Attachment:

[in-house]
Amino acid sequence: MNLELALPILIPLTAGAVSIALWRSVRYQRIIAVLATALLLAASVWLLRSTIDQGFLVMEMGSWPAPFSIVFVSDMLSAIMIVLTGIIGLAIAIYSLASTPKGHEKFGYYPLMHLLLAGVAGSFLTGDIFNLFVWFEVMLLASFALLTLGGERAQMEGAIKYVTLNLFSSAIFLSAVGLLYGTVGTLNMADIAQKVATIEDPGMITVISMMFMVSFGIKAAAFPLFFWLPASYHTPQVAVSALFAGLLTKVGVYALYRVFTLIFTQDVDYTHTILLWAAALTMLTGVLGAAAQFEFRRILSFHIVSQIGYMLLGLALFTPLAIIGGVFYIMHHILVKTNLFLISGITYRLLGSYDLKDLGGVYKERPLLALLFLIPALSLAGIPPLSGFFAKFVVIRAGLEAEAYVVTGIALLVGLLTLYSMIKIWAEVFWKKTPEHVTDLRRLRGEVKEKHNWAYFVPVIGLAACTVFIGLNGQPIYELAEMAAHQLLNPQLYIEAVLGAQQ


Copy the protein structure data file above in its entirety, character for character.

[in-house]
Amino acid sequence: MNLELALPILIPLTAGAVSIALWRSVRYQRIIAVLATALLLAASVWLLRSTIDQGFLVMEMGSWPAPFSIVFVSDMLSAIMIVLTGIIGLAIAIYSLASTPKGHEKFGYYPLMHLLLAGVAGSFLTGDIFNLFVWFEVMLLASFALLTLGGERAQMEGAIKYVTLNLFSSAIFLSAVGLLYGTVGTLNMADIAQKVATIEDPGMITVISMMFMVSFGIKAAAFPLFFWLPASYHTPQVAVSALFAGLLTKVGVYALYRVFTLIFTQDVDYTHTILLWAAALTMLTGVLGAAAQFEFRRILSFHIVSQIGYMLLGLALFTPLAIIGGVFYIMHHILVKTNLFLISGITYRLLGSYDLKDLGGVYKERPLLALLFLIPALSLAGIPPLSGFFAKFVVIRAGLEAEAYVVTGIALLVGLLTLYSMIKIWAEVFWKKTPEHVTDLRRLRGEVKEKHNWAYFVPVIGLAACTVFIGLNGQPIYELAEMAAHQLLNPQLYIEAVLGAQQ